• Blood tests are used to check for HCV antibodies to fight the infection. The tests can show the type of HCV, and how many viruses are present.
    • An ultrasound is used to check for liver problems caused by HCV.
    • A liver biopsy is used to test for liver swelling, scarring, and other damage.

    How Are The Tests Administered

    Both the HCV antibody test and HCV RNA test are evaluated through a blood draw.

    Newborn and very young infant blood draws are often done by a quick heel or finger prick, depending on the size and weight of the child. Heel or finger pricks are typically easier to perform on infants. These sticks can be painful, though, so a less painful vein puncture is sometimes preferred. Vein puncture can be done at any age, however this may require multiple attempts and cause discomfort.

    Whenever possible, vein puncture on infants should be performed by a pediatric-trained phlebotomist using a butterfly needle. Phlebotomists are trained to draw blood. You may be asked to help immobilize your child during the process. If youd prefer not to participate, a second phlebotomist may assist.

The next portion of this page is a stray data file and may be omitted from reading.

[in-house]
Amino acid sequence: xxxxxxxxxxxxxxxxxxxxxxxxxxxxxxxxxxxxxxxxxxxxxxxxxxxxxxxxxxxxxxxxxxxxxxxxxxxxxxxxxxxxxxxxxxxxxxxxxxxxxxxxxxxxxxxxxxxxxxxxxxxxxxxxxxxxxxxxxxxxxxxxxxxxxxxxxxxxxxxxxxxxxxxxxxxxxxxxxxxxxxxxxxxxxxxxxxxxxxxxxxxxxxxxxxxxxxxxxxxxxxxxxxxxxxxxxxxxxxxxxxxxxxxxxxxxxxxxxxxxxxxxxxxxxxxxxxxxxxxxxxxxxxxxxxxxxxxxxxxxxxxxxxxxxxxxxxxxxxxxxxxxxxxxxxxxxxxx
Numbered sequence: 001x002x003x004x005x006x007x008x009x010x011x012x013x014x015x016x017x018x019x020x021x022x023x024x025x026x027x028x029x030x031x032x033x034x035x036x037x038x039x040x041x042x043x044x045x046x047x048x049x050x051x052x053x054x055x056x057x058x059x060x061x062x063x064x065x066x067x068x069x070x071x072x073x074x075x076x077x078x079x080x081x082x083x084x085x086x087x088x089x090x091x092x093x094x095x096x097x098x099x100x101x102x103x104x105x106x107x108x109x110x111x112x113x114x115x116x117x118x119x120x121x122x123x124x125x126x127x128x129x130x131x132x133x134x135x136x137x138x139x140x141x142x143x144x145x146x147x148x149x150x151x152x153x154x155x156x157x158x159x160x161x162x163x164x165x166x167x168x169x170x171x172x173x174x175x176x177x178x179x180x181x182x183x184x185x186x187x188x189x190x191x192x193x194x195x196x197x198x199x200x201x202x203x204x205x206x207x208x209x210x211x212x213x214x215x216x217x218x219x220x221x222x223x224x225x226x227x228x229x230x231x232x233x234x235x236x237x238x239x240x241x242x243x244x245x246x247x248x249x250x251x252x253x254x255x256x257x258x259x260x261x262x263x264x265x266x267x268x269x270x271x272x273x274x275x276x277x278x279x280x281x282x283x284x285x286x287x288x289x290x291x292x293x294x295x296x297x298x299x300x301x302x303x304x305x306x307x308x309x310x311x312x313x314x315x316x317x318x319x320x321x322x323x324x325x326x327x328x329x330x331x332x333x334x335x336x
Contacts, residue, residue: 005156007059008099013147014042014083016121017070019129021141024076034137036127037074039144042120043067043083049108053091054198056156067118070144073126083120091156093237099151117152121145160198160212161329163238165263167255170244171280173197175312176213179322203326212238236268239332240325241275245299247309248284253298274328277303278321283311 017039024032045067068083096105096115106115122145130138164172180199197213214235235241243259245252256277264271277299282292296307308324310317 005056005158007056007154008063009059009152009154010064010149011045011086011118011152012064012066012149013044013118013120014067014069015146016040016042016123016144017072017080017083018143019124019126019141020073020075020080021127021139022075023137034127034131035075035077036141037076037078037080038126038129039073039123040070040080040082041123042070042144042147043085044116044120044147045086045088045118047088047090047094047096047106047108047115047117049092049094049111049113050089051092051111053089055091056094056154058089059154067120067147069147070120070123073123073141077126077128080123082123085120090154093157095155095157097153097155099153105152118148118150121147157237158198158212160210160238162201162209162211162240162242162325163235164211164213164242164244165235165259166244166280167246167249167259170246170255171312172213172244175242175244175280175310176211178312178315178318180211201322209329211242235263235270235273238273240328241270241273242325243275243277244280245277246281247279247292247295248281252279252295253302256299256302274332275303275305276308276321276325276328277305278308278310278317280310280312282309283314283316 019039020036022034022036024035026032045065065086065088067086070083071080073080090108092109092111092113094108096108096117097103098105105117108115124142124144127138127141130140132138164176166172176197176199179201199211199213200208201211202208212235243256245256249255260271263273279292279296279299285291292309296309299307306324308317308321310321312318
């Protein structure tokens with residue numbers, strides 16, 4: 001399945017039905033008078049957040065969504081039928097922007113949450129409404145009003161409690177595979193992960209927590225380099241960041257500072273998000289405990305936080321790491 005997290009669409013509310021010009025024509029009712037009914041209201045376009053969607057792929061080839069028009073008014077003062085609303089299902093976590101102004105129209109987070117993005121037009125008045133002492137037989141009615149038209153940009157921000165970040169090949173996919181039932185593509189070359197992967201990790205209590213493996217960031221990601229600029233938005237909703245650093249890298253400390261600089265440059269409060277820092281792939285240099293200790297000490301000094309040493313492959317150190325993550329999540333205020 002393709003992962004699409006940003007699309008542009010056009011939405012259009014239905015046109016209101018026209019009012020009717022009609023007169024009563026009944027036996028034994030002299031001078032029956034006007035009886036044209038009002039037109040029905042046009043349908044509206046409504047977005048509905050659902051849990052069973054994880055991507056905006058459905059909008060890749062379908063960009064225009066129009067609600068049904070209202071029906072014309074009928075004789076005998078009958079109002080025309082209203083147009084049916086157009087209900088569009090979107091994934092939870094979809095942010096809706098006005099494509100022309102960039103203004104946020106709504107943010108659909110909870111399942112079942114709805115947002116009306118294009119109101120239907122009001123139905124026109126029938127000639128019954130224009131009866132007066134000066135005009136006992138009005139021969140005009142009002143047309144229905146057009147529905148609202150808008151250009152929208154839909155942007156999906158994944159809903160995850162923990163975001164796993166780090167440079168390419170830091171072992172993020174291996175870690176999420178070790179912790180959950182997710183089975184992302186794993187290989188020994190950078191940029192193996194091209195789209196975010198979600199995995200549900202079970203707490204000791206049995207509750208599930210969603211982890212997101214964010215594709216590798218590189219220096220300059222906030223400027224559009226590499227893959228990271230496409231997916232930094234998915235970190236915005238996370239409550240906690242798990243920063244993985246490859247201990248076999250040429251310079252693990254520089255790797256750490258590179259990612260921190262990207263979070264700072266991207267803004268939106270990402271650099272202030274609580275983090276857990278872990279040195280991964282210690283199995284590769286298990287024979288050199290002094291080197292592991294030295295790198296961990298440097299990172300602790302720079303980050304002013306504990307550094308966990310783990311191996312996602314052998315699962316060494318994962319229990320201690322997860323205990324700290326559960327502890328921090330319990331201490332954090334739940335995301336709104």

After blood is drawn, pressure is applied to the needle entry point to ensure proper blood clotting and a bandage is applied. The area may be sore or bruise slightly. The drawn blood is labeled and sent to a lab for examination.

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    When Should I Seek Immediate Care

    • Your child has severe abdominal pain.
    • Your child is too dizzy to stand up.
    • Your child feels confused or is very sleepy.
    • Your child’s bowel movements are red or black, and sticky.
    • Your child vomits blood or material that looks like coffee grounds.
    • Your child is vomiting and cannot keep food or liquids down.

    Is It Safe To Take Aspirin Or Tylenol If I Have Hepatitis C

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    Tylenol is an over-the-counter pain killer. It can be harmful in high doses. If you have hepatitis or liver disease, then you can take Tylenol, but no more than 2,000 mg total over 24 hours. In general, this could be one 500 mg tablet every 6 hours, at the most. Acetaminophen is also included as an ingredient in some opiate medications and in some over-the-counter cold/flu medications, so please be aware of the dose of acetaminophen you may be taking from some combination medicines.